2
$\begingroup$

I am reading from "Topics in Galois Theory" by Serre.

enter image description here

I want to study the proof of this lemma. He has not provided the proof. Kindly mention some reference.

$\endgroup$
3
$\begingroup$

This follows from the Riemann-Hurwitz formula. Namely, if you have a finite degree $N$ map of curves $Y\rightarrow X$ over a number field of genus $g_Y,g_X$ respectively, then we have: $$2g_Y-2 = N(2g_X-2) + \sum_{P\in Y}(e_P-1)$$ where $e_P$ is the ramification index at $P$.

You can find this formula all over the place. In your case, $X = \mathbb{P}^1_k$ with function field $k(T)$. If $H$ is index 2 in $G$, then the fixed field of $H$ is the function field of a curve $Y$ of degree 2 over $X$, ramified at most above 3 points. Since the map is degree 2, the ramification indices are all either 1 or 2, and so you get: $$2g_Y - 2 = 2\cdot(-2) + (0\text{ or }1) + (0\text{ or }1) + (0\text{ or }1)$$ since $g_Y$ is a nonnegative integer, this shows that in fact $Y$ is actually only ramified over 2 points, and $g_Y = 0$.

Note that if you allow ramification over 4 points, then you can get a genus 1 degree 2 cover - namely, the quotient of an elliptic curve by its involution $[-1]$.

EDIT: If $K$ is a field, then a place of $K$ is by definition an equivalence class of absolute values on $K$, where two absolute values are equivalent if they define the same (metric) topology on $K$. An easy starting point is:

https://en.wikipedia.org/wiki/Algebraic_number_field#Places

If $X$ is a curve over a field $k$, then locally it is the Spec of a $k$-algebra $A$, e.g. $A = k[x]$, or $A = k[x,y]/(f)$...etc. A $k$-rational point is just a maximal ideal $m$ with residue field $k$. Given such a maximal ideal, the localization $A_m$ is a discrete valuation ring (wikipedia this), which naturally comes with a "valuation map" $v_m : A_m\rightarrow\mathbb{N}$, which extends to a valuation $$K := \text{Frac }A_m\stackrel{v}{\longrightarrow}\mathbb{Z}$$ The properties of this valuation ensure that if we define: $$|x| := 2^{-v_m(x)}\qquad\forall x\in K$$ then $|\cdot|$ is a (nonarchimedean) "absolute value" on $K$, where "2" is an arbitrary constant, and can be chosen to be any real number $> 1$ without affecting the equivalence class of the corresponding absolute value. Here, $K$ is precisely the function field of $X$, and hence every $k$-point $m$ defines a "$k$-rational place" of $K$, and different maximal ideals/points yield inequivalent places.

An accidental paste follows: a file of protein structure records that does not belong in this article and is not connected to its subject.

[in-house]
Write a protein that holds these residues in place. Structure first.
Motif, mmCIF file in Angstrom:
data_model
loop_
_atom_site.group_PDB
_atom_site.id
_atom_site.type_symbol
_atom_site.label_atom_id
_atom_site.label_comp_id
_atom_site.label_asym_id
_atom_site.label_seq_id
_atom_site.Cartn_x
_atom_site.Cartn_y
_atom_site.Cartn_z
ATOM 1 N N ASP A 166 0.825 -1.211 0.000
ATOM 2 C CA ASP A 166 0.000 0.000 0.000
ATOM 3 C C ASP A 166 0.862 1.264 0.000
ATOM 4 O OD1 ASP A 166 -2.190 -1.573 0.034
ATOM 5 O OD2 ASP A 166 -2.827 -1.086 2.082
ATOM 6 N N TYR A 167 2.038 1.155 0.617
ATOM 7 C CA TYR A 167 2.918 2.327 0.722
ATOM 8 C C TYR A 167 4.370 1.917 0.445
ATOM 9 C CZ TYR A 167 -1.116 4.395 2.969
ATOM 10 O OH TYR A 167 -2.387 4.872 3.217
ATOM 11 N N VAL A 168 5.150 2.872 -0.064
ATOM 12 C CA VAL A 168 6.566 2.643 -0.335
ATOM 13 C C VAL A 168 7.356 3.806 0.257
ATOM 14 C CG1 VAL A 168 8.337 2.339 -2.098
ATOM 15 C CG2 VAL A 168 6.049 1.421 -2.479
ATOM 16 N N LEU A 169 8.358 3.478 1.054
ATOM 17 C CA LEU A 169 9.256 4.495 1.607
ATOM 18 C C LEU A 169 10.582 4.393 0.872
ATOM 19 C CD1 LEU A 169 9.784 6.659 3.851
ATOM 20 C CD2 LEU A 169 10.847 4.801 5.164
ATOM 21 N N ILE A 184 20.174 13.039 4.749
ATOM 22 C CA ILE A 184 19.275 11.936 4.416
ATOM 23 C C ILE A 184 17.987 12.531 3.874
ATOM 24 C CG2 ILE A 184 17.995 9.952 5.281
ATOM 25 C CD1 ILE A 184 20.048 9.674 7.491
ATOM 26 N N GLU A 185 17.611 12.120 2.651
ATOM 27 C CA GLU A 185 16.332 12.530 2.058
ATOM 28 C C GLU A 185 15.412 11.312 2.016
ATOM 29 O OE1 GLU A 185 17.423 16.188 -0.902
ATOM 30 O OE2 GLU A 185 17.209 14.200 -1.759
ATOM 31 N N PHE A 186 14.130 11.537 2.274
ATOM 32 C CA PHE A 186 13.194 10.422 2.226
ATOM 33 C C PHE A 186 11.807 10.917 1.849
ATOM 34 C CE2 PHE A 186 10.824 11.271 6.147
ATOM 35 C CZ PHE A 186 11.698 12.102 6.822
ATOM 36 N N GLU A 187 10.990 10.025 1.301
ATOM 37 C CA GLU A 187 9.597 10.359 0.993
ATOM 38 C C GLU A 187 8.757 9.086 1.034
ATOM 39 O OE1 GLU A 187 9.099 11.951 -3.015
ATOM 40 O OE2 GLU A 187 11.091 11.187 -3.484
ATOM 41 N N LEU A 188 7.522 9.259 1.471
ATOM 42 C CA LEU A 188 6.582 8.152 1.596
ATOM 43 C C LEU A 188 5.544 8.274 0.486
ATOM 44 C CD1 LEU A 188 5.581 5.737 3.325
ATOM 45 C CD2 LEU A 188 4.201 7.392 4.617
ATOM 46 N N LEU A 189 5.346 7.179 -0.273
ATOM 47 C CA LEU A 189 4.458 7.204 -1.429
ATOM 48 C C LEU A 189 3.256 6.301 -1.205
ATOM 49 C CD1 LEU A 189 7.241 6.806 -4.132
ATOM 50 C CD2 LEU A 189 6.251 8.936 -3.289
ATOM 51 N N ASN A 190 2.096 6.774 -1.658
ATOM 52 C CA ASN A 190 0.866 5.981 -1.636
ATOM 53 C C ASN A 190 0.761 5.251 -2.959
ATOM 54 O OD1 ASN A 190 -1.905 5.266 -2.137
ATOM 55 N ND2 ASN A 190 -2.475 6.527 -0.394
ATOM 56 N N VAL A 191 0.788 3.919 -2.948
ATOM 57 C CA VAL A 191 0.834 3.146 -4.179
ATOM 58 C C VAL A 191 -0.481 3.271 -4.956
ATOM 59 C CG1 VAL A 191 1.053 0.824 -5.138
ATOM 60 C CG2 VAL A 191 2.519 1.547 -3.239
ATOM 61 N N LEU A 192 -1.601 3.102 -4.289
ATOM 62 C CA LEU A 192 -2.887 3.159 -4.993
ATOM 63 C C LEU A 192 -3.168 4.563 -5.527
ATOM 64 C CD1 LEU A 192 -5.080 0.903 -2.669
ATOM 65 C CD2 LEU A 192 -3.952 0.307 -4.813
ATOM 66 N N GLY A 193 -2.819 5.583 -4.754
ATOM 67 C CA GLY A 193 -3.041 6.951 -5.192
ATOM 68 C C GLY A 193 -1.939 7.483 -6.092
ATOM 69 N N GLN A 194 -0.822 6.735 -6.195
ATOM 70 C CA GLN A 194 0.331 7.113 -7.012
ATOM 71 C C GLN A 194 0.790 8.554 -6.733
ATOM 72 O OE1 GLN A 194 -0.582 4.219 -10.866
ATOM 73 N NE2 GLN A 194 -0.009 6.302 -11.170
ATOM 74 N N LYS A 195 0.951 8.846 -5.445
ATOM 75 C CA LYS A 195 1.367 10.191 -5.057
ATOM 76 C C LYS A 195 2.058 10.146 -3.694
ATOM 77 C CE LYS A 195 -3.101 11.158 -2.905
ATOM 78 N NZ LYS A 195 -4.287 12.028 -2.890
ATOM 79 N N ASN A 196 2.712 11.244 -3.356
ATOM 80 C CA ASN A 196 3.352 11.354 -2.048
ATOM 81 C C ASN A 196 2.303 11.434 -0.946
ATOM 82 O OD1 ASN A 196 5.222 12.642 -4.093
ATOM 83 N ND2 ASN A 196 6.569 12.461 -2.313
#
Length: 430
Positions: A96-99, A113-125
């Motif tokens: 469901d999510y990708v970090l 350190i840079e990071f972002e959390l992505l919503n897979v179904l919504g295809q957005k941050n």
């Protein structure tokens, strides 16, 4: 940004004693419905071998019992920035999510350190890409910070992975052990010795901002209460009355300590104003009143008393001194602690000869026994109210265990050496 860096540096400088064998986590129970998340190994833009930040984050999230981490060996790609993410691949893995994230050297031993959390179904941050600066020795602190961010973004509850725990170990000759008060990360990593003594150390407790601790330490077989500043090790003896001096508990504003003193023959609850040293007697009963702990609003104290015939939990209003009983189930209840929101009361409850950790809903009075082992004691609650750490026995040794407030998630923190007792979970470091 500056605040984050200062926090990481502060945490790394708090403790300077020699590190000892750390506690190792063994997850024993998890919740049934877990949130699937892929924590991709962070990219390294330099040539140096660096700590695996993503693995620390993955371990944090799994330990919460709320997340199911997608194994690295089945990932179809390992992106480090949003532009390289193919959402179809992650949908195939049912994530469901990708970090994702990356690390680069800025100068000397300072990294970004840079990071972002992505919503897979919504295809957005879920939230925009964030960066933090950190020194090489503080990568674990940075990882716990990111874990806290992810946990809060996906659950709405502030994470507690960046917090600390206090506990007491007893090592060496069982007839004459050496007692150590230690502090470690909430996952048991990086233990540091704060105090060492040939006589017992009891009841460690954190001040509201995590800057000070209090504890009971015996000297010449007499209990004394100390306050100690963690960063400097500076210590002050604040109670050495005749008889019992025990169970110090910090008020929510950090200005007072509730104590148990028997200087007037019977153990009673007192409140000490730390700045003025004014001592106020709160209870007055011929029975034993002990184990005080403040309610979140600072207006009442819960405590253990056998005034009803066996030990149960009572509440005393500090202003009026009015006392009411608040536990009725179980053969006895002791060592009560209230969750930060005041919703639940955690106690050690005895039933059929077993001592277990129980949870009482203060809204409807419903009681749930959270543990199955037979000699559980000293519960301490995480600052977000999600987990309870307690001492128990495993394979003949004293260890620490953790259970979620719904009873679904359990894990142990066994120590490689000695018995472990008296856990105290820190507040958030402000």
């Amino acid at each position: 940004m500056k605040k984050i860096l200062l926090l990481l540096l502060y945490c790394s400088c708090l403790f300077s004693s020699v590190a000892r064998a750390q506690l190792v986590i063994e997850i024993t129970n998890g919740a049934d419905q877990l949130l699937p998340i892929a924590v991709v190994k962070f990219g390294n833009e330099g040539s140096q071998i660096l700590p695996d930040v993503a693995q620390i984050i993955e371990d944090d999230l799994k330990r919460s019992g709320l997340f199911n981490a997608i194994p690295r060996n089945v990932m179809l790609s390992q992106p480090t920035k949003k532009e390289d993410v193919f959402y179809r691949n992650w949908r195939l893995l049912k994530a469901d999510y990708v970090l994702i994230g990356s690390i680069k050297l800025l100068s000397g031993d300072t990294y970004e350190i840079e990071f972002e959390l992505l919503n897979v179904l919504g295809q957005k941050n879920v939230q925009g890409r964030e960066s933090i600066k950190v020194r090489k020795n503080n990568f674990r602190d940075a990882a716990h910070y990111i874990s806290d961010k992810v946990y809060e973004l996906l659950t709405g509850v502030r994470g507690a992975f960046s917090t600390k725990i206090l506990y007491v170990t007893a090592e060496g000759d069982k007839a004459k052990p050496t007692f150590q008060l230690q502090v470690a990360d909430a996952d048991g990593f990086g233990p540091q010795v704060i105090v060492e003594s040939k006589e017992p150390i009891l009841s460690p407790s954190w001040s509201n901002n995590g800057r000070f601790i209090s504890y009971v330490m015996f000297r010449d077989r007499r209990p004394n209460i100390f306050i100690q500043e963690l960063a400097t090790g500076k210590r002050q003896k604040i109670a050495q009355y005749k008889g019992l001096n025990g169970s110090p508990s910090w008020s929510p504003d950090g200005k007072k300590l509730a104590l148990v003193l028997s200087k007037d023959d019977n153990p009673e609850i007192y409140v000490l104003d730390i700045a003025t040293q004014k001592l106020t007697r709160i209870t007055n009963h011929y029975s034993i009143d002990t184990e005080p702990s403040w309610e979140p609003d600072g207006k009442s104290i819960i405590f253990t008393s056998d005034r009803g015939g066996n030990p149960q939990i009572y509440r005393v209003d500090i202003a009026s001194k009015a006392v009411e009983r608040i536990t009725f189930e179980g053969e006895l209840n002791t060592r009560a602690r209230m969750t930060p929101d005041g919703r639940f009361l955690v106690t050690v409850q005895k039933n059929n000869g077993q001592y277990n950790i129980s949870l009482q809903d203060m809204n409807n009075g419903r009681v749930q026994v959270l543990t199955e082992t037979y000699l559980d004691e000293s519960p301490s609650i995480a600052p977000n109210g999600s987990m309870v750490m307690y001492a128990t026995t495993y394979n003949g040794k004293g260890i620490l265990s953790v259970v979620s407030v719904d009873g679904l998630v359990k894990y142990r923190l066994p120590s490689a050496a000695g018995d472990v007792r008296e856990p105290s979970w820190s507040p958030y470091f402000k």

In a sentence, there is a bijection between $k$-rational points of a projective algebraic curve $X$ and $k$-rational places of its function field. Here, projective basically means "complete", in the sense that there are no points missing. If $X$ is an affine curve, you can always consider its "completion" by adding in the missing points. Note that however the function field of a projective curve is the same as the function field of any open subset, and hence there may be places of $\text{Frac}(A)$ which do not come from a maximal ideal of $A$. This is the connection between places and points.

Anyway, some good books to start with might include:

  1. Galois Groups and Fundamental Groups - Tamas Szamuely.
  2. Groups as Galois Groups - Volklein.
$\endgroup$
5
  • $\begingroup$ I think I don't have enough background to understand this. I am reading this book on my own. If you can clarify some points, it will be helpful for me. What does he mean by the following "places which are rational over $k$" and "..fixed field is rational". I have never see this terminology before. can you please explain . $\endgroup$ – Tensor_Product Nov 14 '16 at 20:29
  • $\begingroup$ I am 100% sure that your proof is correct, But I am not able to understand it completely. Can you mention some reference, from where I can read about this ramification thing. I also want to understand How we concluded that fixed field of $H$ is the function field of a curve $Y$ of degree $2$ over $X$. $\endgroup$ – Tensor_Product Nov 14 '16 at 20:36
  • $\begingroup$ I have lot of gaps to fill. Serre's book assumes that reader know about ramification, etc. He has not mentioned any source/reference to read the basic stuffs. It will helpful if you can mention some. $\endgroup$ – Tensor_Product Nov 14 '16 at 20:36
  • 1
    $\begingroup$ @Sri Added some additional stuff in an edit. Have fun! $\endgroup$ – Will Chen Nov 14 '16 at 20:54
  • 1
    $\begingroup$ @Sri Also, locally (in the complex topology) near any point $x$ in the domain, the map of curves in a small neighborhood of this point looks like the map $\mathbb{C}\rightarrow\mathbb{C}$ given by $z\mapsto z^n$ for some integer $n$. In this case we can define the ramification index to be $n$. $\endgroup$ – Will Chen Nov 14 '16 at 21:04

Your Answer

By clicking “Post Your Answer”, you agree to our terms of service, privacy policy and cookie policy

Not the answer you're looking for? Browse other questions tagged or ask your own question.